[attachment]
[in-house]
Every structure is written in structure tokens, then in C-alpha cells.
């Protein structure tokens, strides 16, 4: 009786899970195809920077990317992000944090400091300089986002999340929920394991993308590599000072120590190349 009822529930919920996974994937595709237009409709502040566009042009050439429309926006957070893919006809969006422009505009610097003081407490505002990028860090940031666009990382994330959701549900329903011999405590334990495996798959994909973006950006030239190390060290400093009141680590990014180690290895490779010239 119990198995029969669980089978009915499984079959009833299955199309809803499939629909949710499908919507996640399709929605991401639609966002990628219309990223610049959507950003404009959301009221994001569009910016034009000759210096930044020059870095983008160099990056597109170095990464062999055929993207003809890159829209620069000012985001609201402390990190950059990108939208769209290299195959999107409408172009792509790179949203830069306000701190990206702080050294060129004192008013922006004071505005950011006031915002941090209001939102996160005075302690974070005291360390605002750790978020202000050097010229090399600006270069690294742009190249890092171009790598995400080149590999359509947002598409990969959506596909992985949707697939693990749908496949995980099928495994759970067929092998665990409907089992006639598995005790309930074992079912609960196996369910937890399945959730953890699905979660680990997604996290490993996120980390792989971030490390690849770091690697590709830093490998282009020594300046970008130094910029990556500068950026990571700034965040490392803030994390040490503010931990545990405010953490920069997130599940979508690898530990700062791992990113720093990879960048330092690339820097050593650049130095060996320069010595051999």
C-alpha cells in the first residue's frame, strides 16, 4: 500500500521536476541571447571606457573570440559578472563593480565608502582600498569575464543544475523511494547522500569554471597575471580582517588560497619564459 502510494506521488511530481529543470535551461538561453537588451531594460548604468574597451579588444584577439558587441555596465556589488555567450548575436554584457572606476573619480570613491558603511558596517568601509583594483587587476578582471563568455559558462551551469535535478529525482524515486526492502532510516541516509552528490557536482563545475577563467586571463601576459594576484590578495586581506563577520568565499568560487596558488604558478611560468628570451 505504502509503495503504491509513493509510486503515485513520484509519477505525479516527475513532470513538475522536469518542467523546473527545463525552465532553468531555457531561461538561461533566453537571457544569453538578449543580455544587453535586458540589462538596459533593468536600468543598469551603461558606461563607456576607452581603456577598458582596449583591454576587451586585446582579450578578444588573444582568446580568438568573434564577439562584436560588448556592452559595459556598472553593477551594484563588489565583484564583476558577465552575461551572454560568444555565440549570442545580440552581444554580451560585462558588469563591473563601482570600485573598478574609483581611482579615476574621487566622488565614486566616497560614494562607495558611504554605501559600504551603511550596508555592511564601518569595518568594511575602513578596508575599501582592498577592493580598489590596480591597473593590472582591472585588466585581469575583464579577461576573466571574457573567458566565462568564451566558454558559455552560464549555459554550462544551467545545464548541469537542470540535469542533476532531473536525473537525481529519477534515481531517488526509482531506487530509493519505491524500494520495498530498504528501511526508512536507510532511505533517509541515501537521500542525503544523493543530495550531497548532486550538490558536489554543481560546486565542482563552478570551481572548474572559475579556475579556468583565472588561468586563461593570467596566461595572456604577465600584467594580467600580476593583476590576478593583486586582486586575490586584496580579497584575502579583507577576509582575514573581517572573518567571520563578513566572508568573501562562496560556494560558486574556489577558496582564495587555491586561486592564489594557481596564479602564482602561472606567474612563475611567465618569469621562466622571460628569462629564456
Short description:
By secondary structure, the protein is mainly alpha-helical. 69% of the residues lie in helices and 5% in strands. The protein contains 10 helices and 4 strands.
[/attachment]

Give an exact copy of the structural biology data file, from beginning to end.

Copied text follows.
[in-house]
Every structure is written in structure tokens, then in C-alpha cells.
């Protein structure tokens, strides 16, 4: 009786899970195809920077990317992000944090400091300089986002999340929920394991993308590599000072120590190349 009822529930919920996974994937595709237009409709502040566009042009050439429309926006957070893919006809969006422009505009610097003081407490505002990028860090940031666009990382994330959701549900329903011999405590334990495996798959994909973006950006030239190390060290400093009141680590990014180690290895490779010239 119990198995029969669980089978009915499984079959009833299955199309809803499939629909949710499908919507996640399709929605991401639609966002990628219309990223610049959507950003404009959301009221994001569009910016034009000759210096930044020059870095983008160099990056597109170095990464062999055929993207003809890159829209620069000012985001609201402390990190950059990108939208769209290299195959999107409408172009792509790179949203830069306000701190990206702080050294060129004192008013922006004071505005950011006031915002941090209001939102996160005075302690974070005291360390605002750790978020202000050097010229090399600006270069690294742009190249890092171009790598995400080149590999359509947002598409990969959506596909992985949707697939693990749908496949995980099928495994759970067929092998665990409907089992006639598995005790309930074992079912609960196996369910937890399945959730953890699905979660680990997604996290490993996120980390792989971030490390690849770091690697590709830093490998282009020594300046970008130094910029990556500068950026990571700034965040490392803030994390040490503010931990545990405010953490920069997130599940979508690898530990700062791992990113720093990879960048330092690339820097050593650049130095060996320069010595051999």
C-alpha cells in the first residue's frame, strides 16, 4: 500500500521536476541571447571606457573570440559578472563593480565608502582600498569575464543544475523511494547522500569554471597575471580582517588560497619564459 502510494506521488511530481529543470535551461538561453537588451531594460548604468574597451579588444584577439558587441555596465556589488555567450548575436554584457572606476573619480570613491558603511558596517568601509583594483587587476578582471563568455559558462551551469535535478529525482524515486526492502532510516541516509552528490557536482563545475577563467586571463601576459594576484590578495586581506563577520568565499568560487596558488604558478611560468628570451 505504502509503495503504491509513493509510486503515485513520484509519477505525479516527475513532470513538475522536469518542467523546473527545463525552465532553468531555457531561461538561461533566453537571457544569453538578449543580455544587453535586458540589462538596459533593468536600468543598469551603461558606461563607456576607452581603456577598458582596449583591454576587451586585446582579450578578444588573444582568446580568438568573434564577439562584436560588448556592452559595459556598472553593477551594484563588489565583484564583476558577465552575461551572454560568444555565440549570442545580440552581444554580451560585462558588469563591473563601482570600485573598478574609483581611482579615476574621487566622488565614486566616497560614494562607495558611504554605501559600504551603511550596508555592511564601518569595518568594511575602513578596508575599501582592498577592493580598489590596480591597473593590472582591472585588466585581469575583464579577461576573466571574457573567458566565462568564451566558454558559455552560464549555459554550462544551467545545464548541469537542470540535469542533476532531473536525473537525481529519477534515481531517488526509482531506487530509493519505491524500494520495498530498504528501511526508512536507510532511505533517509541515501537521500542525503544523493543530495550531497548532486550538490558536489554543481560546486565542482563552478570551481572548474572559475579556475579556468583565472588561468586563461593570467596566461595572456604577465600584467594580467600580476593583476590576478593583486586582486586575490586584496580579497584575502579583507577576509582575514573581517572573518567571520563578513566572508568573501562562496560556494560558486574556489577558496582564495587555491586561486592564489594557481596564479602564482602561472606567474612563475611567465618569469621562466622571460628569462629564456
Short description:
By secondary structure, the protein is mainly alpha-helical. 69% of the residues lie in helices and 5% in strands. The protein contains 10 helices and 4 strands.